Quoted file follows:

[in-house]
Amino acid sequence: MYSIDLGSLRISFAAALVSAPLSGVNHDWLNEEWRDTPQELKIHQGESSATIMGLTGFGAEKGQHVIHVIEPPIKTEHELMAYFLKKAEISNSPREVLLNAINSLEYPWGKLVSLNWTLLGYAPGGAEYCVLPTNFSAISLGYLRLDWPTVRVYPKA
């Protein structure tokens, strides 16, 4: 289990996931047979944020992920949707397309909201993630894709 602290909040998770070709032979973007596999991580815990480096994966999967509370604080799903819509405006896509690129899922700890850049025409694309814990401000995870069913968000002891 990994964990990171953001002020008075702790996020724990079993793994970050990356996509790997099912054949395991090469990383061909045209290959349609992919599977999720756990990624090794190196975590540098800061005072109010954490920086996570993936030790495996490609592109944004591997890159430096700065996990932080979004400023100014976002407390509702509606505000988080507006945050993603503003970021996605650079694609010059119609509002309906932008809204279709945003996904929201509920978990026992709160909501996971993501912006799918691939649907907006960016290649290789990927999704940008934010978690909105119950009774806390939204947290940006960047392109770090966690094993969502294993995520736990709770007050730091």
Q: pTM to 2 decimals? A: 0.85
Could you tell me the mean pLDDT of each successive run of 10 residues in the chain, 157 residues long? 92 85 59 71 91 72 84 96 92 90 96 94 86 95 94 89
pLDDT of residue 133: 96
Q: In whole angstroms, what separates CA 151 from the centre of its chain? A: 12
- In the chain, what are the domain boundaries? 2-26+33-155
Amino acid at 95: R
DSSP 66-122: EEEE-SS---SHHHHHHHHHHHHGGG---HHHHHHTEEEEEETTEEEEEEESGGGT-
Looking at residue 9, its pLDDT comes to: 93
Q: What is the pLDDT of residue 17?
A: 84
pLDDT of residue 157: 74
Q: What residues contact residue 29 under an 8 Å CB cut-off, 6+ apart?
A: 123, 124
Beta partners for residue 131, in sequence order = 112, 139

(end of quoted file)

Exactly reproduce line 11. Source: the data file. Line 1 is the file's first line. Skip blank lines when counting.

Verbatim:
Looking at residue 9, its pLDDT comes to: 93